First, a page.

Picks and Pans Review: Heartbreak Ridge

updated 01/05/1987 AT 01:00 AM EST

originally published 01/05/1987 AT 01:00 AM EST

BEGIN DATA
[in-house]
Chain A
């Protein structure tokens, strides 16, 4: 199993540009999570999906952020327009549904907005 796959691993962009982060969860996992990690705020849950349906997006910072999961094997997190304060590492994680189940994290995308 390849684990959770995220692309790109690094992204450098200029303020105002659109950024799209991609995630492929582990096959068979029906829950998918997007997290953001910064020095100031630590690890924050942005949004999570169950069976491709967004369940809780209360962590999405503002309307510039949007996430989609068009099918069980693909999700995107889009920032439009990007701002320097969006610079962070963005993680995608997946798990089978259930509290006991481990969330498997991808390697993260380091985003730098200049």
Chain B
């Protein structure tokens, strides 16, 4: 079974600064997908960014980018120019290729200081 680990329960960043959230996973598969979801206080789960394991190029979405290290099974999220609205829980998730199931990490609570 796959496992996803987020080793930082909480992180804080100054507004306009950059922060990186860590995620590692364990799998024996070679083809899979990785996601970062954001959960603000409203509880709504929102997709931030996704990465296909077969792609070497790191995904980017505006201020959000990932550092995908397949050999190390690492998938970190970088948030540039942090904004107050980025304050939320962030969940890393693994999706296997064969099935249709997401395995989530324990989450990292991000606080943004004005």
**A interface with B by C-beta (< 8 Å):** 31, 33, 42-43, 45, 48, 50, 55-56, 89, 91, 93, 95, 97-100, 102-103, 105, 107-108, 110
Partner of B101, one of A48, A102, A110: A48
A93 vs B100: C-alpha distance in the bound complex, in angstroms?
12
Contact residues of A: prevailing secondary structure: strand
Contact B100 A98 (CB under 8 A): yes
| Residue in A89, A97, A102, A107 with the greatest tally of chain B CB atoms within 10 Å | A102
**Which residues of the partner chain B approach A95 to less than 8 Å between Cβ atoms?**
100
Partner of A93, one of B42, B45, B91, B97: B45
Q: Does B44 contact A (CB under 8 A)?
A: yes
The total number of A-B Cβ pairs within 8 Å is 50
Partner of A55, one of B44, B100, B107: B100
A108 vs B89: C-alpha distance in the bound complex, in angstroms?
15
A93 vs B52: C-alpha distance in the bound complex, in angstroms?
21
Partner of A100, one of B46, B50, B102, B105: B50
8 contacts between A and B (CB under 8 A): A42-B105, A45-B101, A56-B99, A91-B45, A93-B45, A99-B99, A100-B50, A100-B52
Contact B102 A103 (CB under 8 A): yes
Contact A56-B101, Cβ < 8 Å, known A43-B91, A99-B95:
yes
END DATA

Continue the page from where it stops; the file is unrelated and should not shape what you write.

For all his excesses, John Wayne never really let himself become a caricature. Clint Eastwood, by most measures the inheritor of Wayne's mantle as National Hero Laureate, is not so fortunate. Then again, he has only himself to blame, since he directed this film. It's about a battle-weary, world-weary Marine sergeant who can't hear someone clear his throat without being so offended he is moved to utter 80 or 90 obscenities and bust heads and elbows, none of them his own. The movie is disappointing in other ways too. For one thing, the gruesome battle referred to in the title, a major confrontation of the Korean War, is not in this film, except as a historical inspiration to the modern Marines it focuses on. Screenwriter Jim Carabatsos (yes, the very guy who wrote No Mercy) is a Vietnam vet. Yet he seems to have no idea of how men fight, get along or talk. (In both this movie and No Mercy the same incredibly dumb line appears: A man, about to do a favor for another man but apparently fearful the action will be misinterpreted as an act of affection, snarls, "This doesn't mean I want to trade warm spit with you.") Grim noncom Eastwood and the undisciplined squad of young Marines he inherits, as well as their officers, are all stereotypes. And the battle they eventually fight in is the 1983 invasion of Grenada. While it was no doubt more than enough war for the men who fought in it, Grenada is hardly the stuff of which glory is made. The only moments in the film that have the texture of reality are Eastwood's encounters with Marsha Mason, the ex-wife who is still jealous of the Corps. Whether it's Eastwood's natural gallantry coming into play or some honest-to-goodness acting, he defers to Mason in such a vulnerable way that he seems more like a man, less like a cardboard figure. It is the only thing he does in the film that seems to mean anything. (R)

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